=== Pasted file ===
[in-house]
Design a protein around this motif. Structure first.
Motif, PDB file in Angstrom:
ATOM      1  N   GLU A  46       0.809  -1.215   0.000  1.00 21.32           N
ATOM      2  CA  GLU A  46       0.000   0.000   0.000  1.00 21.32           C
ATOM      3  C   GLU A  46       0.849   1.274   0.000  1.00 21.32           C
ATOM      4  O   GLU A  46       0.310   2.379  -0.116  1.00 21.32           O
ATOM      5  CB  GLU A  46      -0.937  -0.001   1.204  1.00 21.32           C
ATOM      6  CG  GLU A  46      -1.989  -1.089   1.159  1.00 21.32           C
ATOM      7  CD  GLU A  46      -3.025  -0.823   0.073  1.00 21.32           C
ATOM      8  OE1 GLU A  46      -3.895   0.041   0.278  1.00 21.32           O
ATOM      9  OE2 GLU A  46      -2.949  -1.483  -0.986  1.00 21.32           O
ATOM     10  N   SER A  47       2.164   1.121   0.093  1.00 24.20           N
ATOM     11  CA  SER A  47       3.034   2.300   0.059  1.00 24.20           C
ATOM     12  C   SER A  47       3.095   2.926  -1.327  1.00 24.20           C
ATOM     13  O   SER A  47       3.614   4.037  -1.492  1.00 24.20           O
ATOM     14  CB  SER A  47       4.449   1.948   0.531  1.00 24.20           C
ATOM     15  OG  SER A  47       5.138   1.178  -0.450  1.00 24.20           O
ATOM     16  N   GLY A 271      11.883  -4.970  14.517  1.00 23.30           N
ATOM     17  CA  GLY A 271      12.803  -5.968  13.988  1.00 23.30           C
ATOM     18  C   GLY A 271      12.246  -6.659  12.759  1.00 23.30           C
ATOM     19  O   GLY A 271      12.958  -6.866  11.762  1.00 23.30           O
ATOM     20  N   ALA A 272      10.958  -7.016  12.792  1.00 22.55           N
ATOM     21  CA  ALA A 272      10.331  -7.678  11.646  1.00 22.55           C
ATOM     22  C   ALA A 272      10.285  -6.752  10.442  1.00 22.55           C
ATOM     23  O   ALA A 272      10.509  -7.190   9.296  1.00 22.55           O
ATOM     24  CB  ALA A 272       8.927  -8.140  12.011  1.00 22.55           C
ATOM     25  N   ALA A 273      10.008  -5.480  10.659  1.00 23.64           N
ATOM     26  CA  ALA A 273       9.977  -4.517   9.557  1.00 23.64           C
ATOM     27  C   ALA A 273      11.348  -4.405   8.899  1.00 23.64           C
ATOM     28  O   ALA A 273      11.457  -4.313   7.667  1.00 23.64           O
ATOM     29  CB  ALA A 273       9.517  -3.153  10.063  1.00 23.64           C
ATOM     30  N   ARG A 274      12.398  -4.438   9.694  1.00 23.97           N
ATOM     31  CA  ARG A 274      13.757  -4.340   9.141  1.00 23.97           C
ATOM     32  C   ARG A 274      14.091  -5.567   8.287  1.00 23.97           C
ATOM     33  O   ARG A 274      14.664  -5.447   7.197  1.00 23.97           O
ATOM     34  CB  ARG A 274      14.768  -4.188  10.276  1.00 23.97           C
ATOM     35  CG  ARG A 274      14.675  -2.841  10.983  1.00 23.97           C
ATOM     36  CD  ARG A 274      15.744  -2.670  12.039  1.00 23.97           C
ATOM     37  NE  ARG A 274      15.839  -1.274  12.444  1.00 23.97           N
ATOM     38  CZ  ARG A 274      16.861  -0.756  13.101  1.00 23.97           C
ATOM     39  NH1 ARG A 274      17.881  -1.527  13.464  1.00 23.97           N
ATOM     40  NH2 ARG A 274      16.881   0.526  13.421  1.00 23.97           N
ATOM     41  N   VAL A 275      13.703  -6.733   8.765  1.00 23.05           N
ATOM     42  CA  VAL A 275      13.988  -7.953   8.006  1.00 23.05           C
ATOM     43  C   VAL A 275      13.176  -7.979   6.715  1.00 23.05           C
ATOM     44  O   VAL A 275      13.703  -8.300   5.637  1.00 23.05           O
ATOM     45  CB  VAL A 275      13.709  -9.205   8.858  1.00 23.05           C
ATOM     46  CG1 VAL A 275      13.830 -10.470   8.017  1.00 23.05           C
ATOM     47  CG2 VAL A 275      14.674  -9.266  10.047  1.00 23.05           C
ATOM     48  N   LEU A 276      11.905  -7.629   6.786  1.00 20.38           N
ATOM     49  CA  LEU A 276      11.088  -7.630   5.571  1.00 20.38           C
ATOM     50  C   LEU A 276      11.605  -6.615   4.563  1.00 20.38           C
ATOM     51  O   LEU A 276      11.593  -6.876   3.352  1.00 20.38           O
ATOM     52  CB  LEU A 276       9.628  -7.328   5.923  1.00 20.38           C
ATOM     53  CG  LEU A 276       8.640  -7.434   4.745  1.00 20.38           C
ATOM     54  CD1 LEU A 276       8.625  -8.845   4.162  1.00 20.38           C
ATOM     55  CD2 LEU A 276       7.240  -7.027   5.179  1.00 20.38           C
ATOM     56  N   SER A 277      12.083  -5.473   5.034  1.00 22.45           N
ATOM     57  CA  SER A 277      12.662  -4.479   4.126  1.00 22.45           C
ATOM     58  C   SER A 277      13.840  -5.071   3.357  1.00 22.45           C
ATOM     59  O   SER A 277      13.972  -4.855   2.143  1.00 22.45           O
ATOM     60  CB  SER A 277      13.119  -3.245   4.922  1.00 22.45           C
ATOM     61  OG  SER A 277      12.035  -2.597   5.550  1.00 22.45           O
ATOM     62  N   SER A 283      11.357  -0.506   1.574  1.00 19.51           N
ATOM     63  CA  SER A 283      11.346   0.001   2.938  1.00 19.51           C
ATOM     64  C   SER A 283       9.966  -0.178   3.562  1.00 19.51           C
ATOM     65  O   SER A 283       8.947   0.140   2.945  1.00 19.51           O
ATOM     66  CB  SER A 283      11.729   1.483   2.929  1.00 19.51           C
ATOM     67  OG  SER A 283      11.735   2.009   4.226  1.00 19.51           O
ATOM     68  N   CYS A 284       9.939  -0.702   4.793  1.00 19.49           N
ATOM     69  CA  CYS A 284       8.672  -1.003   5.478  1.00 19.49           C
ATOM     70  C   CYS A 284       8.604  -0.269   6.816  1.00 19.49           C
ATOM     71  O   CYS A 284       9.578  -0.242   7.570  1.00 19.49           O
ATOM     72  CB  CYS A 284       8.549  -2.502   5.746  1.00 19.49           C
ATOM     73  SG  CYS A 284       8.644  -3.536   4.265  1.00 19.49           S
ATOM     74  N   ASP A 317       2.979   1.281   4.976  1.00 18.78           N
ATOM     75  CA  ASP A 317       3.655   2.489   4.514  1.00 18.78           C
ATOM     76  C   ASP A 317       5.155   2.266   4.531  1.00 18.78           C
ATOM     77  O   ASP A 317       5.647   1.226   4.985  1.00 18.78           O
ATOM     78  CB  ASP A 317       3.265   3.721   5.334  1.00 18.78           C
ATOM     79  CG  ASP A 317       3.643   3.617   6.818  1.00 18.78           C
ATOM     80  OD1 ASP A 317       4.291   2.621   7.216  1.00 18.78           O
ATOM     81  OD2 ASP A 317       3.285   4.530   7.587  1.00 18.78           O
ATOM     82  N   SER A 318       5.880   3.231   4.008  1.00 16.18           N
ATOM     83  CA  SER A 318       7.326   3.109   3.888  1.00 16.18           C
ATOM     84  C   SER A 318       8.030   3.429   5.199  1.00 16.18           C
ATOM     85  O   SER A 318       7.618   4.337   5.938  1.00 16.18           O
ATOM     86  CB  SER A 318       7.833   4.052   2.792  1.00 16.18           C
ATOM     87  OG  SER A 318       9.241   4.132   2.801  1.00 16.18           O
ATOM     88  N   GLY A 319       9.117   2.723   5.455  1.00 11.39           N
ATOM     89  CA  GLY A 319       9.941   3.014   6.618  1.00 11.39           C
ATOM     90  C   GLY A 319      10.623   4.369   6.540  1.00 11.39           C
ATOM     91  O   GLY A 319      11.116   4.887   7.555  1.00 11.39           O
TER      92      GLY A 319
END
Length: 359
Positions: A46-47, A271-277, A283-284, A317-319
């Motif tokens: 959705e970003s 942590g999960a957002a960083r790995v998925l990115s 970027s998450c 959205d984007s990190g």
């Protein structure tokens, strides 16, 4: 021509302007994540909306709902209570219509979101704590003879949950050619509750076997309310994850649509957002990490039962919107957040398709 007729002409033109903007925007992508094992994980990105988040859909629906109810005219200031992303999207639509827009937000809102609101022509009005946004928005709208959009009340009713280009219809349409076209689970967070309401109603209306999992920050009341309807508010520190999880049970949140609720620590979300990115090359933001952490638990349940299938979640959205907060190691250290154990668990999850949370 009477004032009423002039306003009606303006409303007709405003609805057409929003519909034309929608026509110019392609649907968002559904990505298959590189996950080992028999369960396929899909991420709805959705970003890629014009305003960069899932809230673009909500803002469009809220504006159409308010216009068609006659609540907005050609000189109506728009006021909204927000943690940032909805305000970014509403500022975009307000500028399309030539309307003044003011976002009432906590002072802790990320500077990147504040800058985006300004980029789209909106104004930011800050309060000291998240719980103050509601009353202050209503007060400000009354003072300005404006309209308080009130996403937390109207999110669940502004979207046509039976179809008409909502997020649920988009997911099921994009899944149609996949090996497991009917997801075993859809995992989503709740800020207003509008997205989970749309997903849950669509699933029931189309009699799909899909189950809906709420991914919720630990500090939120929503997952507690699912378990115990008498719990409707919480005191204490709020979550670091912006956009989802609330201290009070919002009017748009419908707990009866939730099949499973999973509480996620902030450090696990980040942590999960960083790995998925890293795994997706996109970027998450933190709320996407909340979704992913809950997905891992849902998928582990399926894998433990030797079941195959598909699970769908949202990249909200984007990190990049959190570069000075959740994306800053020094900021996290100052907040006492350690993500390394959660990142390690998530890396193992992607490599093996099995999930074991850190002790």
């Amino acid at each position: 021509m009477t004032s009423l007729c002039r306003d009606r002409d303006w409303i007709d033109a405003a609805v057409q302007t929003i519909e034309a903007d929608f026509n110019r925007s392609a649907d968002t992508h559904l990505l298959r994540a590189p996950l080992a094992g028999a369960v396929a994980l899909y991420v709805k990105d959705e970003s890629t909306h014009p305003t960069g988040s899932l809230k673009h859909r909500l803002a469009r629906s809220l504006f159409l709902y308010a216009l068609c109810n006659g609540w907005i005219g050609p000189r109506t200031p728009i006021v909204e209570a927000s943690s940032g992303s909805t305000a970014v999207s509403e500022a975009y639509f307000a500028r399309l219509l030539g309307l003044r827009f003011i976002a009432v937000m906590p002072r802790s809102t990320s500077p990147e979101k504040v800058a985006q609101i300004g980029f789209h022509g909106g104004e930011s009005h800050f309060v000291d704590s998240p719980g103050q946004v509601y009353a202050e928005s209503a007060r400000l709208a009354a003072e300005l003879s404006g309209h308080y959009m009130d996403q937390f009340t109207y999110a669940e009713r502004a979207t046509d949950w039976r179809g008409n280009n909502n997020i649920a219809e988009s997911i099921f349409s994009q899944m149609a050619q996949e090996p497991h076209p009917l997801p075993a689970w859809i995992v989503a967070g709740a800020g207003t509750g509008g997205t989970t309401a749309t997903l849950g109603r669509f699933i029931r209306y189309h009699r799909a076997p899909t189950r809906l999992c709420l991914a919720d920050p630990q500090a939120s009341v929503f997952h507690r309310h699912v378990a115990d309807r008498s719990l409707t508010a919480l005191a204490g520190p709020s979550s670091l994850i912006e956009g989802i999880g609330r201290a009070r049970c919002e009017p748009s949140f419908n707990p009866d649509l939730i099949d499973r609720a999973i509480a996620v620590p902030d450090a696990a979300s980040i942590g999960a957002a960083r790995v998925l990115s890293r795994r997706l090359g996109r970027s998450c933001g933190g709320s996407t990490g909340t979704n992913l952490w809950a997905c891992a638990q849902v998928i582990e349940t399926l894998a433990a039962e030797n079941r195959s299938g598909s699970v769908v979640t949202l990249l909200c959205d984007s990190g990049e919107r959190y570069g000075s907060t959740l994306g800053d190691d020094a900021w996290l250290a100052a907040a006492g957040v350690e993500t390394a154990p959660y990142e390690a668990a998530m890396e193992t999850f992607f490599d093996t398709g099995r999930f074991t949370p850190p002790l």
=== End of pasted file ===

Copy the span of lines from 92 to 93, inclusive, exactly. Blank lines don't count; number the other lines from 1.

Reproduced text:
ATOM     89  CA  GLY A 319       9.941   3.014   6.618  1.00 11.39           C
ATOM     90  C   GLY A 319      10.623   4.369   6.540  1.00 11.39           C